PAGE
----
G.A. It seems that historically the textile production in Uzbekistan had its ups and downs. Let’s talk about how the Soviet regime affected the textile production and what it took to revive the almost forgotten tradition.
R.V.: Between the early nineteenth century and the beginning of the Soviet period, there was an extraordinary flowering of the art of textile weaving in Central Asia. With the Soviet revolution, the new Soviet government set about standardizing Uzbek culture to fit its new Soviet ideals. The natural dyes were changed to chemical dyes and the ikat patterns were standardized. A few patterns were produced every year with set colors, woven in silk, the cocoons raised on cooperative farms.
In 1991, independence came and there were new questions and new opportunities. Some master craftsmen who had kept their ancestral skills alive by working secretly during the Soviet years! Everything was slowly returning to traditional production. With some foreign aid and government help, all production has now returned to traditional workshops, with hand binding, dyeing, and weaving.
G.A.: I heard there are some legends surrounding origins of textile producing tradition in Uzbekistan.
R.V.: Indeed! I heard this story from my father, and he heard it from his….. One legend states that once an artist sat by a fast running stream. The stream reflected the clouds, and changed their form. Suddenly sunrays were fractured and became a rainbow, which was reflected in the stream. The artist saw a picture of clouds playing with colors. He painted that picture and showed it to weavers who then transferred his picture to fabrics. Later the word abr (which means cloud) was used as the name of the process of dyeing base threads in traditional fabrics, so fabrics were named abr-fabrics and weavers were called abrbands.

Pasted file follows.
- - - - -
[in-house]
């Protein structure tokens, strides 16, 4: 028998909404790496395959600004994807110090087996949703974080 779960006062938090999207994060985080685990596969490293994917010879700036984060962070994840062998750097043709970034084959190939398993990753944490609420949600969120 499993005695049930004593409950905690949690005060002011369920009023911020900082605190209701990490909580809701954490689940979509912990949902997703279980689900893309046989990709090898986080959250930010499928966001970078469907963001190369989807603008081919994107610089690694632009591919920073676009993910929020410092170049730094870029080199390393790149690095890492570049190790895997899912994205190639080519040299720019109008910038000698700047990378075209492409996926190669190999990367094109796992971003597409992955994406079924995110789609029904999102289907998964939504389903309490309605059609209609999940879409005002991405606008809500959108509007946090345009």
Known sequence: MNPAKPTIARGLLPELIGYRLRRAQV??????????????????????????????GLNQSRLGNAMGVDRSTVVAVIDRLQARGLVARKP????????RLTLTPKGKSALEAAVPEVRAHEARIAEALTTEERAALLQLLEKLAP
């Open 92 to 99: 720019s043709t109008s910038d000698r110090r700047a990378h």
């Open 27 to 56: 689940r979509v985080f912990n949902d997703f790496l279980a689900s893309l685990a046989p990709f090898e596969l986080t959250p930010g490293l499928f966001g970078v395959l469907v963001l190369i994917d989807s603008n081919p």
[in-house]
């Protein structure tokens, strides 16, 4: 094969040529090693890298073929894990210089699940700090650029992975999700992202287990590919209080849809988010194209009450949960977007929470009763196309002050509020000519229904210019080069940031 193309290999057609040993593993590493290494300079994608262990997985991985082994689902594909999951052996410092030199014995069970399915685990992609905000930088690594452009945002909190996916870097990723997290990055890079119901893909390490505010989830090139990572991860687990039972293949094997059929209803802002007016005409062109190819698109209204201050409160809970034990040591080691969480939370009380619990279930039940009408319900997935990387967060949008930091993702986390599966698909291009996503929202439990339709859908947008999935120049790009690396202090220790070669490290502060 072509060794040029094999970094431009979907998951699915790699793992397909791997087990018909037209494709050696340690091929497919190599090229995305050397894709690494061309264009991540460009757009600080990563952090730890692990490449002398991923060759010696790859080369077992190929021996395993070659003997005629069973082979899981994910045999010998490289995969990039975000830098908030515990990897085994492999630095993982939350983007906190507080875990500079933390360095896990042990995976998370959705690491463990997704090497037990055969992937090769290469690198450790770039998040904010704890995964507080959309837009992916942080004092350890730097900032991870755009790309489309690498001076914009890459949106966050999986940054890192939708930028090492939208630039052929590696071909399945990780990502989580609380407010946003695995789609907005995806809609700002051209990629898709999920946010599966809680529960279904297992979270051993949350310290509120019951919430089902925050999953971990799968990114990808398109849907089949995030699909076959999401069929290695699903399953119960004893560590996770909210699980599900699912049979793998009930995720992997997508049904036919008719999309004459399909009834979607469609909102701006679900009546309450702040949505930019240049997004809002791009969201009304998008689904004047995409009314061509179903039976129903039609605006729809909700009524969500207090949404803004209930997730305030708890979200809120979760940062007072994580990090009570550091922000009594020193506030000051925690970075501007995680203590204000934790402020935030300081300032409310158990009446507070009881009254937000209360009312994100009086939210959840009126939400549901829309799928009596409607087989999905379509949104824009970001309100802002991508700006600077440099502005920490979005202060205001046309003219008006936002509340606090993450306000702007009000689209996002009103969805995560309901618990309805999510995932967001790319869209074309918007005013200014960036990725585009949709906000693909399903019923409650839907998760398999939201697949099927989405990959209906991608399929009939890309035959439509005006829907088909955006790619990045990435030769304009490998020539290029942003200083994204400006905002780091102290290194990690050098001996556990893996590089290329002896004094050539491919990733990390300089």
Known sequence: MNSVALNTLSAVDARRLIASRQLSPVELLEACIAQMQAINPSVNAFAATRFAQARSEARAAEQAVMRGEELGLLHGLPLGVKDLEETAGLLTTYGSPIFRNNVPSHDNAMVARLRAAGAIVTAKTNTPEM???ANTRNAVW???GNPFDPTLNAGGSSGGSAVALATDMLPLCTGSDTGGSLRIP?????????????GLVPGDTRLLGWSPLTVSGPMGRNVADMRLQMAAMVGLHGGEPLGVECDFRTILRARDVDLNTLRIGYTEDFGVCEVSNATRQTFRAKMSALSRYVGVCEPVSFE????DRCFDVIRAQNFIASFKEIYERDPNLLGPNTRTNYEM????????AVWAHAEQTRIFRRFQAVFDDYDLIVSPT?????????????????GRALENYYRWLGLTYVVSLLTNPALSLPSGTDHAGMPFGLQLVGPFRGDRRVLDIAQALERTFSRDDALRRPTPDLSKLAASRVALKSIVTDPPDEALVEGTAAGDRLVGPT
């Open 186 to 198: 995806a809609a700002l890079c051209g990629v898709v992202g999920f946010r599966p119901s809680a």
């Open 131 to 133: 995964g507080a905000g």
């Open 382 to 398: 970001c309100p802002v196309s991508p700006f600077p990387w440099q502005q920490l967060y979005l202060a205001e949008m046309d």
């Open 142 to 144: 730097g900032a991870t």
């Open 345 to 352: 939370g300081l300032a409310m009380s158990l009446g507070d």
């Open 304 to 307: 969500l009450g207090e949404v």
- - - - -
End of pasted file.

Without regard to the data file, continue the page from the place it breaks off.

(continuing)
G.A.: Is it still popular for women in your country to wear traditional patters?
R.V.: Modern fabrics also are made in shape of traditional Uzbek jewelry including drop-earrings and triangular-shaped pendants (tumor). When a young Uzbek woman got married, she was expected to wear jewelry, which represented the wealth of her family. It was said that if a woman could not walk due to the heaviness of her new jewelry, she came from a wealthy family. However, jewelry was expensive, and a wedding ceremony without jewelry was considered shameful, so to solve this problem, people began to buy textiles with patterns representing jewelry. Women still wear clothes to show their “Uzbekness” and heritage. Today you’ll see the same proud tradition of wearing ikat as a symbol of status and cultural pride amongst men and women in Uzbekistan.
Bukharan dancers wear bright silk atlas dresses for traditional holiday performances and girls from wealthy traditional families wear ikat dresses for daily tasks to show off their status……. In the West we recently started embracing centuries old traditions, original works or master craftsmen and natural resources. We now want clothes made of traditional fabric that look modern yet clean structured. We also saw ikat’s flow in fashion and housewares websites in the contemporary United States
Meanwhile Uzbekistan continues to change as it finds its place in the modern era, but one thing is certain– ikats will continue to play a huge part in Uzbek life and culture. And they make a great outfit too!